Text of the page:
Hmm. Perhaps Danyell can help. I must speak with him.

At any rate, I began to cry for Mary. She shushed me and placed her hand upon my cheek. All at once, I felt a radiant sense of warmth and peace. It was as if sunshine had entered my bloodstream and coursed through my veins. Mary’s sweet face became merely a silhouette within a glowing halo of gold. I breathed in, smelling something sweet like flowers on a fresh spring day, and then the world returned to its normal, duller color. The warmth receded. Mary handed me a mirror. When I looked, I discovered that the scar across my eye and the bruising and swelling all were gone. She next bade me stand from my wheelchair. I did, and I found myself able to walk without injury. Even my ribs are healed!

Although I paraphrase, Mary then said something along the lines of, “You see, Mother? It is a gift, not a curse.”

We shared a tender mother/daughter moment, then. I am grateful for my new found health and vigor, but I confess that I still worry for my dear Mary. The blood on my hands has been doubled on hers. What is wrong with me that my own sweet ward should be a murderess already?

Diary, I really believe I might be cursed. By whom or what, I cannot hazard a guess, but it seems that tragedy comes to all who become close to me. Take Gordon, for example. He dared pursue my hand (unbeknownst to me at the time) and became a clockwork doll for his trouble. Other examples abound. My parents died tragically. Mr. Plutonian, the agent of Gordon’s distress, I now find has become trapped in some otherworldly dimension and is most likely dead. Gordon tells me sadly that he no longer feels “owned.” I have taken him in, poor dear, and set him up with room, board, and wage in return for his services as a maid. He will not stay long, as delightful as it is to have him here. He actually wants an owner. That, I told him, I can never be. I do not believe in the practice of owning others. Mr. Plutonian’s other properties have reverted to the state and been sold off and my debt, thankfully, no longer applies. I cannot pay a dead man. Besides, he seemed to have enough awareness of his upcoming demise to send me a letter formally breaking our arrangement and clearing me of any debts. I should feel happy to be relived of him, but I find that I am incapable of rejoicing in the death of anyone, even someone whom I considered my enemy. And now, on top of all of this, Mary is a werewolf and a murderess! I must be cursed for so much evil to befall those who dare know me.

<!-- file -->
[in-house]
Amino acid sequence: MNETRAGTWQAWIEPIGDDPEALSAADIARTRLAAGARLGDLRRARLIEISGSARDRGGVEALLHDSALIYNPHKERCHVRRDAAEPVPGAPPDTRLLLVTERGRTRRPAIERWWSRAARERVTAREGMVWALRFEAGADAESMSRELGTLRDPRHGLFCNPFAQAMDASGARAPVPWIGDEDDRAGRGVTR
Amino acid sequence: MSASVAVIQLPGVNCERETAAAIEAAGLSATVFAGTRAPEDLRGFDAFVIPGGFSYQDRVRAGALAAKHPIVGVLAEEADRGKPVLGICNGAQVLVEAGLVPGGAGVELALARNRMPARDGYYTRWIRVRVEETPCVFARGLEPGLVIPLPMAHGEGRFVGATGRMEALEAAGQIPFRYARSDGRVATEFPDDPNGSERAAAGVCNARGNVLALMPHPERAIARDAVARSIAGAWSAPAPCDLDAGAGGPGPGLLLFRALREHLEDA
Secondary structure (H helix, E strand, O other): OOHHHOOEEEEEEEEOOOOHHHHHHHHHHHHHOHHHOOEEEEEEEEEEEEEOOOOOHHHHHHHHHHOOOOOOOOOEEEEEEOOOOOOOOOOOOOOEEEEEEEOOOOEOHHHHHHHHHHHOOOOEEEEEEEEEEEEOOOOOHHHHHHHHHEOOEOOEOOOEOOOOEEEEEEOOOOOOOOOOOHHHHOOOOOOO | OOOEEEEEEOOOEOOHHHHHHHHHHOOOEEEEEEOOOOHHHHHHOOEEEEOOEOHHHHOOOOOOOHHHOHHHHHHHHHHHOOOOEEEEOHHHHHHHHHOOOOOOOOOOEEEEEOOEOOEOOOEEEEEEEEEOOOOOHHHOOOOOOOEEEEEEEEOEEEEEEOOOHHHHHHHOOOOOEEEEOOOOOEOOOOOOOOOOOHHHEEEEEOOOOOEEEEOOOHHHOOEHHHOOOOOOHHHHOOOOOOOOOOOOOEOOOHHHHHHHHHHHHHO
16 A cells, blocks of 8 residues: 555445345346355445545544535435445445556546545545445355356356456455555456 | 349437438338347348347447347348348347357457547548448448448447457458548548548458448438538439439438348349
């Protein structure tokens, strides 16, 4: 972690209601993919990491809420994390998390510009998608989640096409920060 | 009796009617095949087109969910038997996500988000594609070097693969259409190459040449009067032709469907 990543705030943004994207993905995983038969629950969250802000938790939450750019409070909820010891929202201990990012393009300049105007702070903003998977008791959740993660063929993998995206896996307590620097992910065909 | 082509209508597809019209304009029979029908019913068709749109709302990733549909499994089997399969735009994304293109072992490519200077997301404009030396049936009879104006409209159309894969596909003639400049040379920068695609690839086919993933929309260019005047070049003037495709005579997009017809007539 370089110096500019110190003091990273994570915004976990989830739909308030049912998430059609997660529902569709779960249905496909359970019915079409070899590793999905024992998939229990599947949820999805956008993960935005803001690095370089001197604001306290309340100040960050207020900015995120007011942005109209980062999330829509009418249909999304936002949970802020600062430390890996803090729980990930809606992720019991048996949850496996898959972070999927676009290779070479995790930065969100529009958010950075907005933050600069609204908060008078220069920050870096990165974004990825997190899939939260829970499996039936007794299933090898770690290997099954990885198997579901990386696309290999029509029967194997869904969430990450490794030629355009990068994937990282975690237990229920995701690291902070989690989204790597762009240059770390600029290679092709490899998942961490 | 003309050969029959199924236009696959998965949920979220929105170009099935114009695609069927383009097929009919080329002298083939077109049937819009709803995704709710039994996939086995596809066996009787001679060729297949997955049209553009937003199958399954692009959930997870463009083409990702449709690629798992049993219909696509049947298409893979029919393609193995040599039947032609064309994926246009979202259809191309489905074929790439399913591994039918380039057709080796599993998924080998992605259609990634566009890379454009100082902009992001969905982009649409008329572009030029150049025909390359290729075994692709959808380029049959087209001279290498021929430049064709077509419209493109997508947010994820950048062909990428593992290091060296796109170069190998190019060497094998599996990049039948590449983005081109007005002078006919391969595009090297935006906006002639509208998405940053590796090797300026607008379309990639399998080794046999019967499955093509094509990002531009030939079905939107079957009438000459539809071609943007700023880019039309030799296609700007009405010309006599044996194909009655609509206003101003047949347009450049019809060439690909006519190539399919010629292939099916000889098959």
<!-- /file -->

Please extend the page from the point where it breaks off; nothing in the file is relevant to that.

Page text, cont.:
And so, my dear diary, I leave you today with an unsettling mix of feelings echoing in my heart. I find my financial troubles come to a most unexpected and upsetting end, but my parenting seems to leave much to be desired. I cannot enjoy my new freedom when I am so weighed down with guilt. My body is now fully healed, thank God and Mary, but I doubt the morality of the methods used. If you will excuse me, I think I must go and pray.

Yours,

–Miss Palabra Puddlegum–